Edited by Clifton Bain and Brian Eversham. Published 1992. Pp.(two)1- ; 16 tables and 12 figures. Price £1.50 + p&p £1.25
A Habitat Classification and Recording Framework for Thorne and Hatfield Moors – Brian C. Eversham and Glen Swindlehurst
The recording of plants and animals on Thorne and Hatfield Moors stretches back over two centuries, and its results have been thoroughly collated, published and interpreted in recent years (Limbert, 1985, 1986; Marchall et al 1989; Heaver & Eversham, 1991 and references therein). The quantity of information, and the richness of the recorded biota, place Thorne Moors on a par with the very best-known natural habitats in Britain. However, almost all of available information to the end of the 1980’s was poorly localised, or even confined to general lists for “Thorne Moors” as a single unit, and no attempt made to standardise recording methods or observer-effect between different parts of the Moors.
It was this lack of precise information about particular parts of the moors, especially for the invertebrates, which prompted the various surveys organised by the Thorne and Hatfield Moors Conservation Forum in 1990-91
Ornithological Survey of Thorne and Hatfield Moors 1990 – Clifton G. Bain
This study, organised by the RSPB on behalf of the THMCF, aimed to identify the breeding and wintering species occuring on the Moors and their distribution in relation to different habitat types. Between April 1990 and February 1991 a team of 9 ornithologists surveyed Thorne Moors under the guidance of the English Nature warden there. Hatfield Moor was studied to a lesser degree using a single ornithologist. The study area encompassed all vegetated areas on both moors and avoided relatively bare peat areas, stripped as part of peat extraction operations occurring on the Moors. Standard mapping techniques were used to identify breeding terretories over the majority of the study area; point count methods were adopted in densely wooded areas. Winter bird numbers were estimated by recording numbers of each species seen per visit to study compartments.
The Importance of the Invertebrate Fauna of Thorne and Hatfield Moors: an exercise in site evaluation – Stuart G. Ball
Lowland peatlands provide an extremely important habitat for wetland invertebrates and support a rich assemblage of specialised species which are not found in any other habitat. A large proportion of such sites in Great Britain have been wholly or partly destrpyed and many of the species restricted to this habitat are now considered to be scarce or threatened. Thorne and Hatfield Moors are the largest remaining areas of lowland peat in England and have been long valued by naturalists for their assemblage of scarce peatland invertebrates. Both sites have a long history of entomological recording, which is summarised for Thorne Moors by Skidmore et al. (1987)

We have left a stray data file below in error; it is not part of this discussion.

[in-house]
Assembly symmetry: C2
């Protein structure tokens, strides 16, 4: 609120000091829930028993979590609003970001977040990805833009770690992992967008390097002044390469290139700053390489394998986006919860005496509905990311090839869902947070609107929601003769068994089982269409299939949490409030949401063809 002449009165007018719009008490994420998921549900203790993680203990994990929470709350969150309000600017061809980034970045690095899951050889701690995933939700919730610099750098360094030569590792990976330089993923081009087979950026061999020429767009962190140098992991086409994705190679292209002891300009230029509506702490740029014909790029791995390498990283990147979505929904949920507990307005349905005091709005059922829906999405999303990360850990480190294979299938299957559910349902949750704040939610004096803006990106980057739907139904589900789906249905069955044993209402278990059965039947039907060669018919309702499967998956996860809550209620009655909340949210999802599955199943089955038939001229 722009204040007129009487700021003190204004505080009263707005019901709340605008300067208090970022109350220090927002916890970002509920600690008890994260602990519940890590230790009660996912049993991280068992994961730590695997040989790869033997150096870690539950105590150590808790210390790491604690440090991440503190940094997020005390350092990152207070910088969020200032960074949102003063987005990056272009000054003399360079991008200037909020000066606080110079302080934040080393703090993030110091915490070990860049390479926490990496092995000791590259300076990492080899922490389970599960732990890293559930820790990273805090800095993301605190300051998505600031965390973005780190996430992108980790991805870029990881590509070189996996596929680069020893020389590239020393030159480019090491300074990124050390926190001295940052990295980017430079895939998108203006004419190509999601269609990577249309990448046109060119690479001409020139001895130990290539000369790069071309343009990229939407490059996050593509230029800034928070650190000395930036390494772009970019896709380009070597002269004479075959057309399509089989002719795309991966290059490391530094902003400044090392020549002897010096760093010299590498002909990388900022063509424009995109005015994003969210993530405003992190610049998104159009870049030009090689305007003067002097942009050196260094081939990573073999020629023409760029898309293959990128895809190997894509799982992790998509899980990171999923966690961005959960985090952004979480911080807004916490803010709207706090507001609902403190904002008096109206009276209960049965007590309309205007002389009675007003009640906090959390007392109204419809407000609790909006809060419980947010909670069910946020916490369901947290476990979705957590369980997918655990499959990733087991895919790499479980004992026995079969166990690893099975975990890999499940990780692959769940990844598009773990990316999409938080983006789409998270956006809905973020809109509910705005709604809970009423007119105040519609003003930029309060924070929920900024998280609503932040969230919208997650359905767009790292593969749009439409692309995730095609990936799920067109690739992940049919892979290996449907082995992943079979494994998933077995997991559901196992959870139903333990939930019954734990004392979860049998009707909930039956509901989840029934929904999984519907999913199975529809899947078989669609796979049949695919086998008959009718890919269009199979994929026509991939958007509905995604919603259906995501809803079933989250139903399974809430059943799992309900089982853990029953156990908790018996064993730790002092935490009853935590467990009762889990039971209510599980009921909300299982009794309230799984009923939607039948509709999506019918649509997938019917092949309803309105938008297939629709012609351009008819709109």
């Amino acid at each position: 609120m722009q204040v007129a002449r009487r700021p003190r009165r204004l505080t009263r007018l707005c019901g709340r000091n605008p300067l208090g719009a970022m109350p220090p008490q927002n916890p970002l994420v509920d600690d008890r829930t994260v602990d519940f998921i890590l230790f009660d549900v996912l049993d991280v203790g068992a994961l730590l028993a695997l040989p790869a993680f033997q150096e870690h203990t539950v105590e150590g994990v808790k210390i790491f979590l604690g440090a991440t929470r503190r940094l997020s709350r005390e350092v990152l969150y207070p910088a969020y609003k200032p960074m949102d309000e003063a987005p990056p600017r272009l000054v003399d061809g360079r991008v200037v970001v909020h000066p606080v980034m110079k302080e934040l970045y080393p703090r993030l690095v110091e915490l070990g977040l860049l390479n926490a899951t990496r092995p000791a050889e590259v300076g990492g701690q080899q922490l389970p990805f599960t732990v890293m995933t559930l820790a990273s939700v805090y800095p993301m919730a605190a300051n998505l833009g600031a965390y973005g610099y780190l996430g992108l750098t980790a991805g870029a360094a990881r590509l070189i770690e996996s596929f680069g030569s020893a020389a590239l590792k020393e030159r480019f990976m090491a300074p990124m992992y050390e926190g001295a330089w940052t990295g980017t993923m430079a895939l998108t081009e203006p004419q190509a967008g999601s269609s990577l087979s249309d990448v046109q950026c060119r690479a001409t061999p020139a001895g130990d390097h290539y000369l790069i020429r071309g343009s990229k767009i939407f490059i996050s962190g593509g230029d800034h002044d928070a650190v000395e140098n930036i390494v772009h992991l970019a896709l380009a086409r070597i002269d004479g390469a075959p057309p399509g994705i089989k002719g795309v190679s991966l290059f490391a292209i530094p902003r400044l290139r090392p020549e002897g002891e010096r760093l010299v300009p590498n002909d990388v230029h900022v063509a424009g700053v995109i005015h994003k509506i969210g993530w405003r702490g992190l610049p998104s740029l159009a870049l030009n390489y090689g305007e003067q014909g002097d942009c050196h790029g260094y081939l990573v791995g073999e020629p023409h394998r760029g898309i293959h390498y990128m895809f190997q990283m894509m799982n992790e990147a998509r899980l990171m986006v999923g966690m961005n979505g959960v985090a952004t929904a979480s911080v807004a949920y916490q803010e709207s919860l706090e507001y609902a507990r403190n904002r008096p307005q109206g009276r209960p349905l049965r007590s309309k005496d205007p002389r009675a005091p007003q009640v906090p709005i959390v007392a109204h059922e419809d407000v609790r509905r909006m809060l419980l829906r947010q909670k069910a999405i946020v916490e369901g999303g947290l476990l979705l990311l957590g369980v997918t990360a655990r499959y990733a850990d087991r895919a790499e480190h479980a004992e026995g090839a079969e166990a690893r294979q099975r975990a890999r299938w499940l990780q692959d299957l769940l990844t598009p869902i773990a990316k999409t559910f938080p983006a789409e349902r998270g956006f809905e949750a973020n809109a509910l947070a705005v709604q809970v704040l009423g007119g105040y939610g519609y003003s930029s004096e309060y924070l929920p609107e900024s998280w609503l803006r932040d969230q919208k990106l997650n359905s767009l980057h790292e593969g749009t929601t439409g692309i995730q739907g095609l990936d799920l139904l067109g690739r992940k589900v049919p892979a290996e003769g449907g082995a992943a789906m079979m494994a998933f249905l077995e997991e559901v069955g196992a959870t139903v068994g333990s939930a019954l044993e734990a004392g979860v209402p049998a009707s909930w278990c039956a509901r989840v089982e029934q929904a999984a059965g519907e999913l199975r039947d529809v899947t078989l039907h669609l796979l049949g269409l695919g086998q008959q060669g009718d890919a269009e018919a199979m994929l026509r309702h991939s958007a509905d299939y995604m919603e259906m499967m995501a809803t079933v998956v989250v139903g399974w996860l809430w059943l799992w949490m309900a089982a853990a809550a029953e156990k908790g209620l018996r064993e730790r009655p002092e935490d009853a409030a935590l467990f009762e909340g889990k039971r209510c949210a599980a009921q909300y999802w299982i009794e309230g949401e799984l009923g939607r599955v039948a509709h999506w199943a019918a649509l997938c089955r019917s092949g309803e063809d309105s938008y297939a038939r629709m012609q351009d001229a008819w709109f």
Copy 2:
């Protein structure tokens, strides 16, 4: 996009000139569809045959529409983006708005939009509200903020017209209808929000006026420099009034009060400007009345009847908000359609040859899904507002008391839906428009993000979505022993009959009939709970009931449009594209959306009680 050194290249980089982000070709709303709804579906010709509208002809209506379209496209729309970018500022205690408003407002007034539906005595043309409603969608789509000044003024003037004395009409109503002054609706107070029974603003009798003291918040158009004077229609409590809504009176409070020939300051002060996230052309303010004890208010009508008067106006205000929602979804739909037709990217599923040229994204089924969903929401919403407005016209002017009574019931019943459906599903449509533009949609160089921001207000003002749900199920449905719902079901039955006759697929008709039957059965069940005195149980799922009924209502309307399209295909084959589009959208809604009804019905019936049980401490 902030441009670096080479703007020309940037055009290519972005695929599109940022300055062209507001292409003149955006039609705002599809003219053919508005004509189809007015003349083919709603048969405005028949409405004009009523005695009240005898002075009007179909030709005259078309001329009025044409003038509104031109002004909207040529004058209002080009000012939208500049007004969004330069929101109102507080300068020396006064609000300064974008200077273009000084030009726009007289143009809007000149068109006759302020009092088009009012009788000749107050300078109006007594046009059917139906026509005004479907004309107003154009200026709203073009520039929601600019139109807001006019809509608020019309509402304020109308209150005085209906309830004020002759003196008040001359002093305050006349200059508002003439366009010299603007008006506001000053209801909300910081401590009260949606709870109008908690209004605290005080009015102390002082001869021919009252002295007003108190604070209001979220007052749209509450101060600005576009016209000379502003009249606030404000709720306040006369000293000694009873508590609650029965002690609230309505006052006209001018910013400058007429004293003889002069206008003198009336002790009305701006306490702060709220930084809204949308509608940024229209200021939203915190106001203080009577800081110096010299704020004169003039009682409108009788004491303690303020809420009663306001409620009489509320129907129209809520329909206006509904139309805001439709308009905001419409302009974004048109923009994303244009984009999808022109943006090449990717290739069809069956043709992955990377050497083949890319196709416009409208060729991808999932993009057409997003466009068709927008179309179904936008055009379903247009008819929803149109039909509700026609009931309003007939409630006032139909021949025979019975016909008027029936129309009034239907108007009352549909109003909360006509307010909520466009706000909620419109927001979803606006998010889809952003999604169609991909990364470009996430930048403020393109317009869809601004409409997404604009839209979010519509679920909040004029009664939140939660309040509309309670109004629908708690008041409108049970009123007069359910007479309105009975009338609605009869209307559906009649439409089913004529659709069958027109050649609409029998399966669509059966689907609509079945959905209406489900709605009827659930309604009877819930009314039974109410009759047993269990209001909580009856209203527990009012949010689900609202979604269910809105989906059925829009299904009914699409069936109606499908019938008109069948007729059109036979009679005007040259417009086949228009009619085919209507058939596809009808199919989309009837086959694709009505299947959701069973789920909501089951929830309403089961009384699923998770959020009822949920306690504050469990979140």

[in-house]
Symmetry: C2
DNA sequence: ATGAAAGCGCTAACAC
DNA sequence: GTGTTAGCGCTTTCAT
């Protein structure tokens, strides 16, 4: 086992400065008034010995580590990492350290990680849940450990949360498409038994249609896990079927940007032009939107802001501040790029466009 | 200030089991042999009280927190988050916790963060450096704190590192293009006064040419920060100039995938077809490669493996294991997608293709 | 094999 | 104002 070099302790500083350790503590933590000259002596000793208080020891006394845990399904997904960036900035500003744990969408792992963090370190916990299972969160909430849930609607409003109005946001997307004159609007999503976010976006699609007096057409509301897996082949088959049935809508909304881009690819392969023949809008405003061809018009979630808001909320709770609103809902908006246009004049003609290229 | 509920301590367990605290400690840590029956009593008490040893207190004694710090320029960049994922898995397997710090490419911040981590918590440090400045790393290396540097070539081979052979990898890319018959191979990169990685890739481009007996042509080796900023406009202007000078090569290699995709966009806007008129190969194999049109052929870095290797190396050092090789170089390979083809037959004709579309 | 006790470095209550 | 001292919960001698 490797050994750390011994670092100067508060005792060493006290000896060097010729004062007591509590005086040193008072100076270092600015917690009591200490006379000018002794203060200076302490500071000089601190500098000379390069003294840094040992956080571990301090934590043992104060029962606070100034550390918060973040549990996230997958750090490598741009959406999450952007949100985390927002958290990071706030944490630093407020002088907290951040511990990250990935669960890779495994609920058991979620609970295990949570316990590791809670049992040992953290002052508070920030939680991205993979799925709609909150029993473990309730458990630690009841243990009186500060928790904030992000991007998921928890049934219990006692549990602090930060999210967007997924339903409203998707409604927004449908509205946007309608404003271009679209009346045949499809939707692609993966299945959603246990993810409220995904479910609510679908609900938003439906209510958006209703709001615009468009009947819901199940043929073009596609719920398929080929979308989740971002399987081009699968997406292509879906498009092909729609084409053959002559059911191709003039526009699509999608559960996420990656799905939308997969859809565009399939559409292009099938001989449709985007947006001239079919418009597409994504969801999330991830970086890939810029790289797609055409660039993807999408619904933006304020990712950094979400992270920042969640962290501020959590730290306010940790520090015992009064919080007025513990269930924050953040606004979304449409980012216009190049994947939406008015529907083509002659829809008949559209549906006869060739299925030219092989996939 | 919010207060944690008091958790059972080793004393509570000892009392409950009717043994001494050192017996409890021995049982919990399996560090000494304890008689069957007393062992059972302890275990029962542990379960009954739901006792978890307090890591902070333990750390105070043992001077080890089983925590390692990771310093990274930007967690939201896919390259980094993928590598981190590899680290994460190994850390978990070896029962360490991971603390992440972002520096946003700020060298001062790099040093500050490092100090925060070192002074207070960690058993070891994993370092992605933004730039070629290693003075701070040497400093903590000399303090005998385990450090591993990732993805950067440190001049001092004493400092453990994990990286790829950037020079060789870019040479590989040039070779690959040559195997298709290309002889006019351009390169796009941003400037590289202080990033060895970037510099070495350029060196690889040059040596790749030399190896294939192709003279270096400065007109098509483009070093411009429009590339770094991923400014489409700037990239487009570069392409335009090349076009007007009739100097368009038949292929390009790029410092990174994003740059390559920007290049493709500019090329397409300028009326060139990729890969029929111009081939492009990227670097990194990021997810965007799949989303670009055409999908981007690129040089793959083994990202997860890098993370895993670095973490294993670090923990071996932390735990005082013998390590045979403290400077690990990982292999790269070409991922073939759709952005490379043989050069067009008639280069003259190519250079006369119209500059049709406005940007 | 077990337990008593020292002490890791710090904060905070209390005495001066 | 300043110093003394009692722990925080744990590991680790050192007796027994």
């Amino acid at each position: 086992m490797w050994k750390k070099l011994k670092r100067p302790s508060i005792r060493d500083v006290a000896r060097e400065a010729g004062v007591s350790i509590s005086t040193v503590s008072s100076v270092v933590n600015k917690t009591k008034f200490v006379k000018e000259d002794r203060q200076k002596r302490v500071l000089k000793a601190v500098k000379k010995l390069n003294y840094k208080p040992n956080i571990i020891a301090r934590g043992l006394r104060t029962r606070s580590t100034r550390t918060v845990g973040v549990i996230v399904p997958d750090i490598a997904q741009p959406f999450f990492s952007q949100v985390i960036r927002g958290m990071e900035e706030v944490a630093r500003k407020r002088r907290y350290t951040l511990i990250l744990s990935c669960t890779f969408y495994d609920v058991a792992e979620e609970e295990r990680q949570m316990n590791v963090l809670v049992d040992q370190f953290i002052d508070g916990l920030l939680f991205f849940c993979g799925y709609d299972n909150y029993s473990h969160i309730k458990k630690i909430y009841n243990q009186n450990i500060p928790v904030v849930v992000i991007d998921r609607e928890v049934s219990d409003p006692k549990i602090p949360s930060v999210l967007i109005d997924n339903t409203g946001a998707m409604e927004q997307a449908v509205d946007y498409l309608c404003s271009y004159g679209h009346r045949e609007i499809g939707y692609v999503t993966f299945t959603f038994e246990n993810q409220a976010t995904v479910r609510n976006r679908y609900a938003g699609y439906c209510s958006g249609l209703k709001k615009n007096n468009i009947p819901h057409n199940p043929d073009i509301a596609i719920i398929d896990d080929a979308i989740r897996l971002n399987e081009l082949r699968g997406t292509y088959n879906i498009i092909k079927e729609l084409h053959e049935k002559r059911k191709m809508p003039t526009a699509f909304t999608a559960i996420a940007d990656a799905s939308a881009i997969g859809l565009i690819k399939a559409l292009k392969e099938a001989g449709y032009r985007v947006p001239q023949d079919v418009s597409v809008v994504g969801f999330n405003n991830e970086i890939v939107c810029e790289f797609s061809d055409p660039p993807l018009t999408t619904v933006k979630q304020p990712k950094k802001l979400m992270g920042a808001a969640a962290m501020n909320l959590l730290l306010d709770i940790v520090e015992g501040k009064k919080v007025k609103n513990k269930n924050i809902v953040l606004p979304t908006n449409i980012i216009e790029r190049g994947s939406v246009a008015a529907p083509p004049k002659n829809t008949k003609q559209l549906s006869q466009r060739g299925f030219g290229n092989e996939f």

Balaam’s Donkey and the Hairy Canary: Personal Reflections on the Changing Invertebrates of Thorne and Hatfield Moors – Peter Skidmore
As a schoolboy shortly after the war, I joined the ranks of the Manchester Entomological Society and first learnt of the paramount entomological importance of lowland mosses (or peat bogs). Once, these had surrounded Manchester, classic sites such as Chat Moss, Ashton Moss and Carrington Moss. A few ancients in the society remembered these places before 1900 and would speak of long dead friends who had put Manchester on the entomological map with the discovery of the Manchester ringlet, Manchester Teble Bar, Manchester moth and Manchester beetle on these mosses. These priceless sites and their insect inhabitants had long since been destroyed and now the net had literally to be cast further afield. The classic Cheshire mosses like Abbots Moss, and Lindow Moss had been reduced to wrecks. Members now ventured as far as Whixall Moss in shropshire or Holker in the southern Lake District; but the real jewels, spoken of in the most hallowed of terms, were Thorne and Hatfield Moors – a world away across the Pennines. Those who had visited them had been to Mecca.
Thorne Moors Conservation and Water Management – Roger Meade
The surface of a cutover peatland bears little textural or topographical similarity to an undamaged raised mire. Its water relationships cannot be assumed to be similar, and the aim of management is likely to involve the maintenance of suitably wet conditions in large or small depressions. Retaining water in upstanding peatland remnants, surrounded by active extraction, may be achieved by incorporating undrained bufferland, or by creating impermeable structures, from black peat or impermeable mebranes. The idea of recharge using a pump is rejected.
Providing solutions for isolated remnants individually is not favoured. Rather that they should be incorporated into a whole site rehabilitation, where wetness can be achieved through drainage from higher land.
Records of Black Grouse on the Yorkshire – Lincolnshire Border – Martin Limbert
Although once relatively widespread in England, the Black Grouse is now virtually exterminated in all but the wilder northern parts. The only exception is a well-documented Peak District outlier, which extended into south-weat Yorkshire until the mid-1970s. Elsewhere in Yorkshire, reflecting the national picture, Black Grouse are associated with the elevated north and north-west. However the county once had indigenous low-level populations, in the Thorne region, though in their last decades they were reinforced byor replaced by released stock of unknown provenance. Other lowland occurrences in Yorkshire have been ascribed to the effects of artificial introduction.